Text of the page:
Deborah A. Phillips, Ph.D.

Deborah Phillips is Professor of Psychology and Associated Faculty in the Public Policy Institute at Georgetown University.

She was the first Executive Director of the Board on Children, Youth, and Families of the National Research Council and the Institute of Medicine and served as Study Director for the Board’s report: From Neurons to Neighborhoods: The Science of Early Child Development.

She has also served as President of the Foundation for Child Development, Director of Child Care Information Services at the National Association for the Education of Young Children, and Congressional Science Fellow (Society for Research in Child Development) on the staff of Congressman George Miller.

Her research focuses on the developmental effects of early childhood programs for both typically developing children and those with special needs, including research on child care, Head Start, and pre-Kindergarten programs.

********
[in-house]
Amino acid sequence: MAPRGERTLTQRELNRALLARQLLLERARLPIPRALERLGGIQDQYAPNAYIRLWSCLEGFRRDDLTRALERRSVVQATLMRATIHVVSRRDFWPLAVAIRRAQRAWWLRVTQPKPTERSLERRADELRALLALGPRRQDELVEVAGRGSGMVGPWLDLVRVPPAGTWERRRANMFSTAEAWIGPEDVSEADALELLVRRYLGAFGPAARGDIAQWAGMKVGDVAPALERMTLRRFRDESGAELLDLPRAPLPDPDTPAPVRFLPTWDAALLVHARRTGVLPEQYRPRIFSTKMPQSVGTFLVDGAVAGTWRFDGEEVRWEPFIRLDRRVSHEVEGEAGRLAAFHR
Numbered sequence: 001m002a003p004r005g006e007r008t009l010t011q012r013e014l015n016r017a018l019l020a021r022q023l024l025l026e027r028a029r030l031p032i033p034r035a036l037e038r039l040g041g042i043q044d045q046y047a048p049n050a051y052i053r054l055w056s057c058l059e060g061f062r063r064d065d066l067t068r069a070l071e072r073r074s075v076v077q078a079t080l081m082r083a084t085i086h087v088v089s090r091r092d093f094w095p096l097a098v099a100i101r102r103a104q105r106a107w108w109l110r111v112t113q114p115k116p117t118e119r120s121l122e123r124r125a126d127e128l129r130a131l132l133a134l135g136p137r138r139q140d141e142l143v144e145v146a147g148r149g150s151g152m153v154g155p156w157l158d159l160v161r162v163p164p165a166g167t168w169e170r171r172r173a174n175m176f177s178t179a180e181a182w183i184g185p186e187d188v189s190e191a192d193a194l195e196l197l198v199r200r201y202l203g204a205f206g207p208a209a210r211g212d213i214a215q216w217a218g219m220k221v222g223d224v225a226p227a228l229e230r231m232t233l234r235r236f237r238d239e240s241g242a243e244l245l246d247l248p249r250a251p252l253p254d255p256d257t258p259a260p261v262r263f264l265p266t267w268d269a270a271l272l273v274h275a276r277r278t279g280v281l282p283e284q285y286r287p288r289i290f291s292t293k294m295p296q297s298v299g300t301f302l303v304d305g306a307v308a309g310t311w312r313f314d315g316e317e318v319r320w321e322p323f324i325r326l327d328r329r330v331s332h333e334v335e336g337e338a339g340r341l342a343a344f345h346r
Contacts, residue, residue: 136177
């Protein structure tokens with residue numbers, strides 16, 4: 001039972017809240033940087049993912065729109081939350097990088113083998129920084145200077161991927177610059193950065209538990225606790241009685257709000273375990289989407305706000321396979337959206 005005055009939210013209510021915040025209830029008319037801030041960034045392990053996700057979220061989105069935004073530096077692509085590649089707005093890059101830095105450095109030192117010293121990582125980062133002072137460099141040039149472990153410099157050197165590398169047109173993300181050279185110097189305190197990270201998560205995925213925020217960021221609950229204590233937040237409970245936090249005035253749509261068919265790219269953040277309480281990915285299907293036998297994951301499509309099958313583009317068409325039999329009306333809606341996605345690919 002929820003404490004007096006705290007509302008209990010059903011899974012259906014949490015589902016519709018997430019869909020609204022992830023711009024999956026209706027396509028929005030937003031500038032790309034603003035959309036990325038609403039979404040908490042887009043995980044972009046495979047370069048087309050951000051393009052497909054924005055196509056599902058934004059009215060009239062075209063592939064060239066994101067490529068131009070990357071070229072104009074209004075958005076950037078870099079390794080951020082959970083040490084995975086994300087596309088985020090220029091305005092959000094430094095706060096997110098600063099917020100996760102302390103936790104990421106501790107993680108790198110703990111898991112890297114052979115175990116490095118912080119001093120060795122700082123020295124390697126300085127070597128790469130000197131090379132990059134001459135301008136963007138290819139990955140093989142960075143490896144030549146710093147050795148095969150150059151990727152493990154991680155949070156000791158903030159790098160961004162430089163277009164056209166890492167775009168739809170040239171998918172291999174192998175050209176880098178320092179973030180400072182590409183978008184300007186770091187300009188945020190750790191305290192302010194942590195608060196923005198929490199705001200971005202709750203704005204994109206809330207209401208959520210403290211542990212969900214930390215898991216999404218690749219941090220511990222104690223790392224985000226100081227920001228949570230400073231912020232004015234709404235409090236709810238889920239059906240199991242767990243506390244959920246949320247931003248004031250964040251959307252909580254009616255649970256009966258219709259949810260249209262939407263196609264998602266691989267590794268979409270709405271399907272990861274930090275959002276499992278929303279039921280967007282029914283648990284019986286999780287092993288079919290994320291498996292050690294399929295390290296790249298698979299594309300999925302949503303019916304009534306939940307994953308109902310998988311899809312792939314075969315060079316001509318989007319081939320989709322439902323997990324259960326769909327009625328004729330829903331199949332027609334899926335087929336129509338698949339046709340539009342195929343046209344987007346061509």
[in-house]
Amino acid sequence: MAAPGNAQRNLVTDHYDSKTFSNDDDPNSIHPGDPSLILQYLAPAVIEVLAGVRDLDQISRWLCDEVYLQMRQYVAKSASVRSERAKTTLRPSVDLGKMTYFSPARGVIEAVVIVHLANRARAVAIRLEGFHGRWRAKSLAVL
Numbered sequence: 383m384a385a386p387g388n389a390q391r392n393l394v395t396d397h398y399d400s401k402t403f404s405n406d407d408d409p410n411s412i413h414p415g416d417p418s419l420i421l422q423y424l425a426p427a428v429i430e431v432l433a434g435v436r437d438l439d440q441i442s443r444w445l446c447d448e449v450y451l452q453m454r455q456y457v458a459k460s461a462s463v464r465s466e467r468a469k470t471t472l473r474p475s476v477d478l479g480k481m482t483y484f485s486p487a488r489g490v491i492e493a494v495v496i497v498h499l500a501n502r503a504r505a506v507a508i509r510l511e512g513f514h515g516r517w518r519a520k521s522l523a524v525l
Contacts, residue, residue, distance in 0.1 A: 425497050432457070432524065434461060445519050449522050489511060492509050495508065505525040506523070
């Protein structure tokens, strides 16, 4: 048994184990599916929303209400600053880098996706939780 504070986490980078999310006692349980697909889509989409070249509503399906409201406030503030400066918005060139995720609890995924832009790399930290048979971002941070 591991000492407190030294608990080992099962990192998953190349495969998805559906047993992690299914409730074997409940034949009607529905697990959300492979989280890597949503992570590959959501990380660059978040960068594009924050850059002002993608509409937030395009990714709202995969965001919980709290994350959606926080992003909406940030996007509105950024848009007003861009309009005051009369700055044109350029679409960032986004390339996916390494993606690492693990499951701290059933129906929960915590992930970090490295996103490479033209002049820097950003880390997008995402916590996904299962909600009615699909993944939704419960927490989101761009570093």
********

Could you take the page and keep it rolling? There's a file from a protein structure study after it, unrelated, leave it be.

Her most recent work has involved evaluating the Tulsa, OK school-based preschool program, including impacts on children with special needs and an 8th grade follow-up, and designing a preschool intervention that integrates a focus on self-regulation and early math development.

An additional line of research examines the adult work environment of early childhood care and education settings as it affects the stability and quality of care for children.

She also devotes substantial time to activities that translate scientific evidence on early childhood education for policymakers and other applied audiences.

Dr. Phillips currently serves on the National Board for Education Sciences for the U.S. Department of Education.

She is a Fellow of the American Psychological Association, the Eastern Psychological Association, and the American Psychological Society.

In 2011, she received the Distinguished Contributions to Education in Child Development Award from the Society for Research in Child Development.

Presentation

Integrating the Neurobiology of Early Development into the Care and Education of Young Children